A Lack of Sincerity on Both Sides
The US-Iran Debate on Nukes
Iran and its nuclear program are in the news more than ever, but no single news story can be relied upon to catch the entire picture. There is a decided lack of sincerity in the approaches of both Iran and the United States to the problem.
Iran claims that inspections by the International Atomic Energy Agency(IAEA) have given a clean bill of healthto Tehran. But Iran fails to mention that IAEA inspectors found a blueprint for an "uranium hemisphere"in a pile of documents—and this product is only useful in an atomic warhead. Director General ElBaradei has also repeatedly stated that his agency cannot guarantee that other, more secret military facilitiesdon't exist outside the realm of inspections of known sites.
Meanwhile, the United States has threatened Iran with preemptive nuclear strikes—an action that is expressly forbidden by the same Non-Proliferation Treaty(NPT) that the United States claims it is upholding in its pressure on Iran. Second, the US claims it has tried to talk with Iran, but this is utterly false. It has passively let Europeans and Russians carry the load, for one simple reason: the US still refuses to recognize the Islamic Republic of Iran. And given this very hostile diplomatic stance, Iran is rightly suspicious of diplomatic forays that involve Europe and Russia, but not America, across the table. Finally, the US says Iran is violating international norms. In actuality, the NPT allows nuclear energy programs(Article IV), as long as those programs involve close inspections.
— Michael Kraig
|Reporting a Radiation Emergency
Journalists would play an indispensable role keeping the public informed in an emergency resulting in the release of radiation, either accidental or deliberate. But what do they need to do their job effectively? The following recommendations to authorities who would manage such an emergency were drafted by participants in the 2016 Rotterdam Nuclear Security Workshop for International Journalists.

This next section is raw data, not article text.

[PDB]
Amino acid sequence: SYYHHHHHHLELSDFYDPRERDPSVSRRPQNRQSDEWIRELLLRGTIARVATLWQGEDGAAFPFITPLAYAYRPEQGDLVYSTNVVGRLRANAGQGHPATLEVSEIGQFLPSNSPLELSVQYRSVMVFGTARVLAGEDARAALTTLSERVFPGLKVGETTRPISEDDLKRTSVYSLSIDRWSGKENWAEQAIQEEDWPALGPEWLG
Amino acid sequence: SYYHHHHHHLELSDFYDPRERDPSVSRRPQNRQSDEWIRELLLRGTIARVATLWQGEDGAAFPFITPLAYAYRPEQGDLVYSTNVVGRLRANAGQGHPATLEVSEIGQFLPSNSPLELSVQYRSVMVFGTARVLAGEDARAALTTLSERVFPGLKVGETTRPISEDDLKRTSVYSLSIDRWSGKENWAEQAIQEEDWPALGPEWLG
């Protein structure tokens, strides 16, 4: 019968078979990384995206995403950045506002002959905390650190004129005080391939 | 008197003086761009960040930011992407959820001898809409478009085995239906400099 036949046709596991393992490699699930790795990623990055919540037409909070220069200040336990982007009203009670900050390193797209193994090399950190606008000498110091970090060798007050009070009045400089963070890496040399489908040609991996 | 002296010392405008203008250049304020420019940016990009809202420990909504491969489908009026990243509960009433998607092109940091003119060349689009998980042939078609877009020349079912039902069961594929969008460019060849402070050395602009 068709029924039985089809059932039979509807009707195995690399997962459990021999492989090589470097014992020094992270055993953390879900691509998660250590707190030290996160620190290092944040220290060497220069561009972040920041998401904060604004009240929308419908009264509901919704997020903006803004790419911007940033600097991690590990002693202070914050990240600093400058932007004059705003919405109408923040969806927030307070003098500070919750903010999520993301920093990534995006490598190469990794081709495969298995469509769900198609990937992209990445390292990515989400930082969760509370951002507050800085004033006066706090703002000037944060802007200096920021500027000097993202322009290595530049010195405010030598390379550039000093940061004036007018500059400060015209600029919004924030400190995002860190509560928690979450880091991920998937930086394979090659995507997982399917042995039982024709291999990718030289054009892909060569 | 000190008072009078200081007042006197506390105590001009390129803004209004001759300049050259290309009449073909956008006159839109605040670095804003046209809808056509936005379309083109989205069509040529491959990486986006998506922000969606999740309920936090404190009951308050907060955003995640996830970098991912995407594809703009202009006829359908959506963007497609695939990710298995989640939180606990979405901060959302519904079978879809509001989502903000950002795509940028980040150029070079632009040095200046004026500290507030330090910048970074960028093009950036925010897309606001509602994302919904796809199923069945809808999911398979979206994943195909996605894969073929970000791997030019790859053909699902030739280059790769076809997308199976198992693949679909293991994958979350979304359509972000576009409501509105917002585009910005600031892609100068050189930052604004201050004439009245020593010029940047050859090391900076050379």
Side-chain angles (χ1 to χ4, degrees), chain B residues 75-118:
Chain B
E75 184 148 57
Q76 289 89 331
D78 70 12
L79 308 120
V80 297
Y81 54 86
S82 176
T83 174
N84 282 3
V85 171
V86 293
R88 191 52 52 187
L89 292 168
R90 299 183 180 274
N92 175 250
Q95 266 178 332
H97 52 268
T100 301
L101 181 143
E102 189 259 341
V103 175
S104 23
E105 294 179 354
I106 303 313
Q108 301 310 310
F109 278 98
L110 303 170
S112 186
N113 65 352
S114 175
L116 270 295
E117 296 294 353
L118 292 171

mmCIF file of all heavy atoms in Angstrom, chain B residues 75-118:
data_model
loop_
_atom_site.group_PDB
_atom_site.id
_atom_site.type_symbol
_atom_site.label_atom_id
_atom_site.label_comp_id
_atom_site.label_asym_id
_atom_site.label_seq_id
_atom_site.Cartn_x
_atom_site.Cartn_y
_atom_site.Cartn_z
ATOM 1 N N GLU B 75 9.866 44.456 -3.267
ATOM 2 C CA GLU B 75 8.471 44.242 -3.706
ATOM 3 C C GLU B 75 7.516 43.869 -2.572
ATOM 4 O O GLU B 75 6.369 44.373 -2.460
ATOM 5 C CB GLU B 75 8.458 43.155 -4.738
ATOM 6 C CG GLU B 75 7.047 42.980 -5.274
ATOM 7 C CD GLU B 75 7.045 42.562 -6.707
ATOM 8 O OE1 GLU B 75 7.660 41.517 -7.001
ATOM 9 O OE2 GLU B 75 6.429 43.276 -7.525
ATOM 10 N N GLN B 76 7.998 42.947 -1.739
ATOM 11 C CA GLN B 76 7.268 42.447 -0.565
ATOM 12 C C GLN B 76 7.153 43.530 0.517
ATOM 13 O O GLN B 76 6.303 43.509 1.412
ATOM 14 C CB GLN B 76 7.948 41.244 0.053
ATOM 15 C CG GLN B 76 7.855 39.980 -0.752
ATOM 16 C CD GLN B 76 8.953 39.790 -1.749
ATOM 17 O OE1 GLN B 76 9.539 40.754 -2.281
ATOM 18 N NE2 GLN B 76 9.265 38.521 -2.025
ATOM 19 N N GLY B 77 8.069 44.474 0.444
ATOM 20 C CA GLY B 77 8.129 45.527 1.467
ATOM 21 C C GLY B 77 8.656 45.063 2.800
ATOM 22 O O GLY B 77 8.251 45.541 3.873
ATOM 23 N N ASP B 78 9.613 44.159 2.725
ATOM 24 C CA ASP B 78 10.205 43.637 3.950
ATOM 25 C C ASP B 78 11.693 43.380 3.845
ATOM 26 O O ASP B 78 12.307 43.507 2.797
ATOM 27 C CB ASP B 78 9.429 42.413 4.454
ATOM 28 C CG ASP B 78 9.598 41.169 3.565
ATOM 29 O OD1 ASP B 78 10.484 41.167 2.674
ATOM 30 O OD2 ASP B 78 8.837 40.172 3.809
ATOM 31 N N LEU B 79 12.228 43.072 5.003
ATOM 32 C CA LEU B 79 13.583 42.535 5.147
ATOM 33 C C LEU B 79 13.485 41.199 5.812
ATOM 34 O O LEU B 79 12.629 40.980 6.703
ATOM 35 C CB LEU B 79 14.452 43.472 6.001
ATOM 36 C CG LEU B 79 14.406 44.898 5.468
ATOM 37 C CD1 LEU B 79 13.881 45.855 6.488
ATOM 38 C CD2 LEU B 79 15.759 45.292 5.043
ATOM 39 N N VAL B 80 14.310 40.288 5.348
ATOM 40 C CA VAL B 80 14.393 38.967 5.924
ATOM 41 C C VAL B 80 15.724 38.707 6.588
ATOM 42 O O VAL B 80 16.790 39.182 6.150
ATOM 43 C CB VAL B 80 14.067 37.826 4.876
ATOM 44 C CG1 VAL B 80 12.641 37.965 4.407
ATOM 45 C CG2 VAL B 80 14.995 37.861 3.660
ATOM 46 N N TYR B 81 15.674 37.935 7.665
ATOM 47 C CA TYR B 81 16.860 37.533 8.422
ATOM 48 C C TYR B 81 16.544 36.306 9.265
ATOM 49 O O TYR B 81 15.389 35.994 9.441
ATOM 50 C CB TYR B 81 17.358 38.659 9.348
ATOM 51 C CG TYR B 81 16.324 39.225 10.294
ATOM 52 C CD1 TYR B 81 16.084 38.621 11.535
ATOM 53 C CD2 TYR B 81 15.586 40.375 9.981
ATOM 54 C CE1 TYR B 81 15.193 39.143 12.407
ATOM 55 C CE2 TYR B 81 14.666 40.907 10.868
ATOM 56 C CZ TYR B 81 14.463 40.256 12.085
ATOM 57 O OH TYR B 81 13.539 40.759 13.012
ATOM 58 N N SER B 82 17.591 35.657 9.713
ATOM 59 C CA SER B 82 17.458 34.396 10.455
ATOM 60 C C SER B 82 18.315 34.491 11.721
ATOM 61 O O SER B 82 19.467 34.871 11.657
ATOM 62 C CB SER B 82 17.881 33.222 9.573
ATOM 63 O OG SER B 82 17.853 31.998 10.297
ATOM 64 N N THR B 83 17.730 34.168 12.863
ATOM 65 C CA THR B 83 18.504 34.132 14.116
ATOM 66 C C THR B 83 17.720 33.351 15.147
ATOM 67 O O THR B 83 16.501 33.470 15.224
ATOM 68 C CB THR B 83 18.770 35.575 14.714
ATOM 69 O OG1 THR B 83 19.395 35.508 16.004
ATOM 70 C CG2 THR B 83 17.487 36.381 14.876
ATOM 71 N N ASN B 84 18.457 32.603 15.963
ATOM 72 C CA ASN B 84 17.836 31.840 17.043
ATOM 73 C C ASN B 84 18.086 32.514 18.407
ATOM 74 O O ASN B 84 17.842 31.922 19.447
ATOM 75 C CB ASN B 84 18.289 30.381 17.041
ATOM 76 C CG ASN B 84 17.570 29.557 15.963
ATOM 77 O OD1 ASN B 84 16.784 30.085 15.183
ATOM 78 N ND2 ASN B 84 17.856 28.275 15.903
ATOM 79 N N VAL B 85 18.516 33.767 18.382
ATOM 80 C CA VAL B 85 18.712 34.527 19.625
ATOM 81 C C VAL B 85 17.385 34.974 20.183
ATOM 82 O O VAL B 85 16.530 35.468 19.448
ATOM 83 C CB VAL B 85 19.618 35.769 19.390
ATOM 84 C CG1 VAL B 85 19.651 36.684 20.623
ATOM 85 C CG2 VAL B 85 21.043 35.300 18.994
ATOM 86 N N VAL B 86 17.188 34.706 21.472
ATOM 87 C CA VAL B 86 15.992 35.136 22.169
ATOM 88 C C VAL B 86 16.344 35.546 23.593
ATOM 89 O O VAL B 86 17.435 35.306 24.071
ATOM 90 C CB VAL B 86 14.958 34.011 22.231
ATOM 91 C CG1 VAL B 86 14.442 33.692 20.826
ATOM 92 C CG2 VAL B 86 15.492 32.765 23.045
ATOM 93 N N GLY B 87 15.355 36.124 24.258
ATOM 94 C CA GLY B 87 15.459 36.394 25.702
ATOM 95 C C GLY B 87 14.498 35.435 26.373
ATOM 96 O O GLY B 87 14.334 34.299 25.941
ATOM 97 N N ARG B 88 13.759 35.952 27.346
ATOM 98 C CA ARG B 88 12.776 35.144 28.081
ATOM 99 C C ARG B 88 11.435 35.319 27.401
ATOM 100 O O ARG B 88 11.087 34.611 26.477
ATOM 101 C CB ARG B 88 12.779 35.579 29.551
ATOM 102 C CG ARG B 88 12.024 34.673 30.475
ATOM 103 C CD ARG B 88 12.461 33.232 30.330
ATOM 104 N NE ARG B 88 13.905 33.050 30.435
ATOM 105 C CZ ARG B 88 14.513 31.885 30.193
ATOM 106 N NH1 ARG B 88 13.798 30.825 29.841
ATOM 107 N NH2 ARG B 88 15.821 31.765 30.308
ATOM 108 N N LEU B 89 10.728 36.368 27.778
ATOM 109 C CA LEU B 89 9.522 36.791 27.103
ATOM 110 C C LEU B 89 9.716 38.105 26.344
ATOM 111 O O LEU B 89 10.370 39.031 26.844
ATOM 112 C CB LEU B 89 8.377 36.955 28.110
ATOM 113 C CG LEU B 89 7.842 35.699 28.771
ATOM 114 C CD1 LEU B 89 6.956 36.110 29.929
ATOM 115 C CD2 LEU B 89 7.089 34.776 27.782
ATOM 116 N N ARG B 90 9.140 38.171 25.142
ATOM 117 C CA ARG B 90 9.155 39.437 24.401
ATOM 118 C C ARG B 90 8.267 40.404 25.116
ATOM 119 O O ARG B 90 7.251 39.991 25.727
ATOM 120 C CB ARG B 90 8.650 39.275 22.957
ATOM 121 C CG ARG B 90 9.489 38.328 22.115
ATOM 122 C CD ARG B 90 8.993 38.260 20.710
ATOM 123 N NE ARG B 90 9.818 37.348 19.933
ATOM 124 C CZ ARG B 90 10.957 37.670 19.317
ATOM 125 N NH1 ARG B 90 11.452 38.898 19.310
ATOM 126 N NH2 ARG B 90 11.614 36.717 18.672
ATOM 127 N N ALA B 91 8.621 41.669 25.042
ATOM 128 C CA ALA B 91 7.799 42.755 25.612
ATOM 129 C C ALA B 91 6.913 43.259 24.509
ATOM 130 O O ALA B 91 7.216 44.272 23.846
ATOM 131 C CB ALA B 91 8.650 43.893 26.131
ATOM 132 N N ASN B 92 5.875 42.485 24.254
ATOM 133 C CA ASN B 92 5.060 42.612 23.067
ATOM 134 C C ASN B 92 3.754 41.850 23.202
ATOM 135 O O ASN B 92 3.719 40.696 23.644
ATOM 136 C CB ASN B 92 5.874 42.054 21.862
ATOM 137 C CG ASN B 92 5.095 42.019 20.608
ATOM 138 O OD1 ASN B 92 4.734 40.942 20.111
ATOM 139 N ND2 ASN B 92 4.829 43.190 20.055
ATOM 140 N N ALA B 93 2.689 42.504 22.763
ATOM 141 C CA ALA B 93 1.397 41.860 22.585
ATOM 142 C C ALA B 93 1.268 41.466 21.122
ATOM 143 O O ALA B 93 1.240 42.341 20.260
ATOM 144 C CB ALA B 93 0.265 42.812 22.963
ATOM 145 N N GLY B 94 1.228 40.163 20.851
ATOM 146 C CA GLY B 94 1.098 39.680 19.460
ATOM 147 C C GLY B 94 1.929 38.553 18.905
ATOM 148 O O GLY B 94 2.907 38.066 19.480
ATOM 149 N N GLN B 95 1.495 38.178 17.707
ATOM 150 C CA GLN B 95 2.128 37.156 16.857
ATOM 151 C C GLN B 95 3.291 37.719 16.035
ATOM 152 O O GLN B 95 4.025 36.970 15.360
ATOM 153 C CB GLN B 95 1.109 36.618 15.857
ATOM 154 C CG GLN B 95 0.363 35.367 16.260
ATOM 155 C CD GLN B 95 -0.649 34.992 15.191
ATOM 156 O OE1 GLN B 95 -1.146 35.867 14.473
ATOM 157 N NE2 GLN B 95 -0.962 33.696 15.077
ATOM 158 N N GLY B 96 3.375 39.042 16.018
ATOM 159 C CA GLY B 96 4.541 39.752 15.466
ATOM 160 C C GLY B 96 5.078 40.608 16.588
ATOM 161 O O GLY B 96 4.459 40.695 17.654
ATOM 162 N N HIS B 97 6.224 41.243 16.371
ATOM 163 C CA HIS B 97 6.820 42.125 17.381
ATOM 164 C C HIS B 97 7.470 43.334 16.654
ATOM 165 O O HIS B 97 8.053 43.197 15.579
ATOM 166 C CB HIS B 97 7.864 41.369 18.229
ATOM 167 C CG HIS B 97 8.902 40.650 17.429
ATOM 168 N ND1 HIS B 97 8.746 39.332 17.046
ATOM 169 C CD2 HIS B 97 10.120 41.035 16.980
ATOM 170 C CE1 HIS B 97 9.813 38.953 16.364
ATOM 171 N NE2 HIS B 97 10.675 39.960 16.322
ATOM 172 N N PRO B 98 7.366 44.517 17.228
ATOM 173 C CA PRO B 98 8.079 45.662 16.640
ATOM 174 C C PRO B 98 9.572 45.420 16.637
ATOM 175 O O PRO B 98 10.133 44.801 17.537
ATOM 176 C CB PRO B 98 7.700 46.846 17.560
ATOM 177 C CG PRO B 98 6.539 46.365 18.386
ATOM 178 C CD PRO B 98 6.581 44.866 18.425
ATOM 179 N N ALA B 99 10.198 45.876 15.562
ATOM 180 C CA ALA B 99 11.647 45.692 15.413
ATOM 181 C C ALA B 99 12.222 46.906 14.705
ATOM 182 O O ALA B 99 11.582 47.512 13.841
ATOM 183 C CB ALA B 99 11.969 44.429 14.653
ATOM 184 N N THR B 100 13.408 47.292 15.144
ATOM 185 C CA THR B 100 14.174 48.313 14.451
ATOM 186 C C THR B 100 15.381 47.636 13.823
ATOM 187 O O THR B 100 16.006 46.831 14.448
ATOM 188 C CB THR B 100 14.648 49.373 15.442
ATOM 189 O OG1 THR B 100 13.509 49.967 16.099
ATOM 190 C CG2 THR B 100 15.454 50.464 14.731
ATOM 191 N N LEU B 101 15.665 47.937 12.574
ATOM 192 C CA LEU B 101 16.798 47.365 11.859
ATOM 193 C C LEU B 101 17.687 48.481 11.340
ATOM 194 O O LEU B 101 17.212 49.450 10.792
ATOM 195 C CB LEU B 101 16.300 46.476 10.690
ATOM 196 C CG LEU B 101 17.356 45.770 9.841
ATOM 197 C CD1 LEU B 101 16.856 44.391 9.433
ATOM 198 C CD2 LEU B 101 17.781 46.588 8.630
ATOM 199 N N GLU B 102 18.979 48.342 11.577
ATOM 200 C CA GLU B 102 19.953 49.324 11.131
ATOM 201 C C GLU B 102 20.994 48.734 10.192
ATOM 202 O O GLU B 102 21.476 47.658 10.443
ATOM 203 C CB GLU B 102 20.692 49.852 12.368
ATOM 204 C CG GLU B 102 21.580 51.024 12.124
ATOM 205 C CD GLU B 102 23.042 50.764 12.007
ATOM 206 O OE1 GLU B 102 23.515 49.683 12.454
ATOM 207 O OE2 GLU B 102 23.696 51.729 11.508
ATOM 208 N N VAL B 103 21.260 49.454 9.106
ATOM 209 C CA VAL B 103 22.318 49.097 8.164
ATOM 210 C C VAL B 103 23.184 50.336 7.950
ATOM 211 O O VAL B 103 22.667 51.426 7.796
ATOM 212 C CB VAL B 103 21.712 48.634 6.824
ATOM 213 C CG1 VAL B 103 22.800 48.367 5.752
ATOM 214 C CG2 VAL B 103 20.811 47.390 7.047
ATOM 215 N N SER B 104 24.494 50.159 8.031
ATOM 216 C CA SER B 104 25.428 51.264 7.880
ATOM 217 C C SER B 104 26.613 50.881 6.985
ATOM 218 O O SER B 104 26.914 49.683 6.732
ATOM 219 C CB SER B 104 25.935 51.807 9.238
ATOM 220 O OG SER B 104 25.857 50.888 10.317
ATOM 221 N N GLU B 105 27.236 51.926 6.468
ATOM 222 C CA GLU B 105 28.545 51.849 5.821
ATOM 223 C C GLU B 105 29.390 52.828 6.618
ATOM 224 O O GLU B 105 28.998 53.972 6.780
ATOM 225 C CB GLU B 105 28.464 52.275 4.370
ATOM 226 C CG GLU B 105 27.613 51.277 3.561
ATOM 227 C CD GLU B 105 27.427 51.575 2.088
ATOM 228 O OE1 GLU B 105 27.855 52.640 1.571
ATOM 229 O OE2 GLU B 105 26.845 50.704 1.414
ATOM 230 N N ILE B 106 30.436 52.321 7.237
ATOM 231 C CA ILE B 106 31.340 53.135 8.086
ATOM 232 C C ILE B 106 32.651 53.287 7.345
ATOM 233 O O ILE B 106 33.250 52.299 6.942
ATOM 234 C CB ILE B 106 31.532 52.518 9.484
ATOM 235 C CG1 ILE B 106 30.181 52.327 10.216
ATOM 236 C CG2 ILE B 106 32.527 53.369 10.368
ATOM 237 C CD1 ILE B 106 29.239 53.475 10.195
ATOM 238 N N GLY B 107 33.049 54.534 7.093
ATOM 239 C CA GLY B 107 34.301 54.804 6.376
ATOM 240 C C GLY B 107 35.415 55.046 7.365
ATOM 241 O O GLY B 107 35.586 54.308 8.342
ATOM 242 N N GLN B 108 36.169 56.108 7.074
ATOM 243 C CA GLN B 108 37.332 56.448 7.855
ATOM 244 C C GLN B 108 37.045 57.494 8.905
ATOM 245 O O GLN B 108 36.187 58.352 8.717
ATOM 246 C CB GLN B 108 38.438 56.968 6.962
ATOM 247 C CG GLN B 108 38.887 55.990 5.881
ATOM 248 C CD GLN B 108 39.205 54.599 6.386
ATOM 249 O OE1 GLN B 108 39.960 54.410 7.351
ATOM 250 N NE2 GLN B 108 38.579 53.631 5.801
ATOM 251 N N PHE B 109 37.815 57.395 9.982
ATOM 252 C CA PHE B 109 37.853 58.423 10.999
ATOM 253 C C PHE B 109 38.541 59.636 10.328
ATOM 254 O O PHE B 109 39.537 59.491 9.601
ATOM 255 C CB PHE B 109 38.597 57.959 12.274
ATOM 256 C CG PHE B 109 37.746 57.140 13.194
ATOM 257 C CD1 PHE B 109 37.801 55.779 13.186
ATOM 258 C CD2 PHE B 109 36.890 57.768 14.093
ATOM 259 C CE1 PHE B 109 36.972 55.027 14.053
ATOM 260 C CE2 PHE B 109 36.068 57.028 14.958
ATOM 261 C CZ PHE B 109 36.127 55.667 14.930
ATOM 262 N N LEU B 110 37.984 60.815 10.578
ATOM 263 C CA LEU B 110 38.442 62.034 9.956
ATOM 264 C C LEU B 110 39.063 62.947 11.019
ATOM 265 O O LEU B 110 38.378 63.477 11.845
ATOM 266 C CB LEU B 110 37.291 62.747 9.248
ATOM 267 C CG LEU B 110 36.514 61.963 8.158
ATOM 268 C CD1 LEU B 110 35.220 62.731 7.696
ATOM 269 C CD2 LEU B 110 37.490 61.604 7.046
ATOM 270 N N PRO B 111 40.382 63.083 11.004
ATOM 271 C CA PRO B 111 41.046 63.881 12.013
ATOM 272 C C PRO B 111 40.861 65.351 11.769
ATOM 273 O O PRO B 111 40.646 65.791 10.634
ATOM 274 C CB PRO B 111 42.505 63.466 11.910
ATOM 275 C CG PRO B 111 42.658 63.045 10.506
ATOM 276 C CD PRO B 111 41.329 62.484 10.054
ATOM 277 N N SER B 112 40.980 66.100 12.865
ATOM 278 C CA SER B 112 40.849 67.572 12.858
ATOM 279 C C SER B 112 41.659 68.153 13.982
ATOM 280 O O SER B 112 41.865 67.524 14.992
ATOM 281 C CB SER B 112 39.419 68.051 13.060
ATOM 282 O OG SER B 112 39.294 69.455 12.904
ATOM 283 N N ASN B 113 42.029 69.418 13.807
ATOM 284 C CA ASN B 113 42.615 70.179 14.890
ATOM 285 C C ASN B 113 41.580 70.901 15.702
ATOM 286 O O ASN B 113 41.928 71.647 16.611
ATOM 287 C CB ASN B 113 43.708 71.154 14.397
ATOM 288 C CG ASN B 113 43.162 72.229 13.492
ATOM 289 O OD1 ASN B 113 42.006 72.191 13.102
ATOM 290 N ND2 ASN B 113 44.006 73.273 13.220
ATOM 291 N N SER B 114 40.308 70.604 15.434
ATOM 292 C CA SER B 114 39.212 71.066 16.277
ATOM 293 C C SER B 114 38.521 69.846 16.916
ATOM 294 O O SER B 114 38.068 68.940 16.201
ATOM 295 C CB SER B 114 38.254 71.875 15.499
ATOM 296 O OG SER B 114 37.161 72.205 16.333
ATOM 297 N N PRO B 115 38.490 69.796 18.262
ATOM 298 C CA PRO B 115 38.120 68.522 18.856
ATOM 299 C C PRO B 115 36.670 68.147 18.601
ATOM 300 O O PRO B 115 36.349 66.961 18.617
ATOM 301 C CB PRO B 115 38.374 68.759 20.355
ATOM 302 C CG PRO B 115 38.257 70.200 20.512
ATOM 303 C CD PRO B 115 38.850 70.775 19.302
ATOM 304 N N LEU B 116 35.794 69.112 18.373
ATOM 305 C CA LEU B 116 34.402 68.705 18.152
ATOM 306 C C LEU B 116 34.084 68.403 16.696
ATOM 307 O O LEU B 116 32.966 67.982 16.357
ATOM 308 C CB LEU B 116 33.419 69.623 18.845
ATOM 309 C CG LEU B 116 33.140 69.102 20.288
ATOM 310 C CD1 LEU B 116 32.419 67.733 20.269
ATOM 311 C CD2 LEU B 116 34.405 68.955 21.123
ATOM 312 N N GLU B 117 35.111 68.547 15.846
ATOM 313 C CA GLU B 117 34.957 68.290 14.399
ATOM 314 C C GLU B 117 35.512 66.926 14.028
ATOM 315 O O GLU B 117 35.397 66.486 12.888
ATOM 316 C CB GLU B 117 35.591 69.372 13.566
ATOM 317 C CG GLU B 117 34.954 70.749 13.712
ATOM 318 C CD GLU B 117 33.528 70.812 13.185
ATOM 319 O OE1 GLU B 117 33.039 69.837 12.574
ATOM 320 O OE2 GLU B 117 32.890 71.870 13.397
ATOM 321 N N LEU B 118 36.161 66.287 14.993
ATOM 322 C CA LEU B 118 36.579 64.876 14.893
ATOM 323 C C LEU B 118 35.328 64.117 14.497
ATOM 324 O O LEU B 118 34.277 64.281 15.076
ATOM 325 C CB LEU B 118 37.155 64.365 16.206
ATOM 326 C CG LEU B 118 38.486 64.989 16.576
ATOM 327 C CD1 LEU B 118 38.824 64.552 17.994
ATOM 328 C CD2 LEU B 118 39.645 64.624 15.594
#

The latest issue of Courier features articles on the state of securing nuclear material as the final nuclear security summit approaches in early April. It also includes a special reprint of an article from the Center for Public Intregrity, "The Stalking Threat of Nuclear Terrorism." Alex Bellamy, an expert on R2P, discusses the progress made in "Acting on the Responsibility to Protect," and three students from a global scholars conference comment about climate change. Lastly, a brief look at the foundation's Iowa Student Global Leadership conference. The full Spring 2016 issue. PDF (2.0 MB) Subscribe for FREE.
Communications Specialist: The Stanley Foundation seeks an experienced communications specialist to join its Communications Department.
Policy Program Associate, Nuclear Security: The Stanley Foundation seeks a program associate to join its Policy Programming Department.
|PARIS & BEYOND: COP21
Launching Global Climate Actions
The world recently looked to Paris for the most important global climate change negotiations for achieving a safer climate world: the 21st meeting of the Conference of the Parties to the United Nations Framework Convention on Climate Change (UNFCCC). As a helpful reference we have compiled this summary of the major work of the Stanley Foundation and its collaborators in an active global role during the past year preparing for this historic event…and the important continuing work ahead. More.
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|Nuclear Security Video
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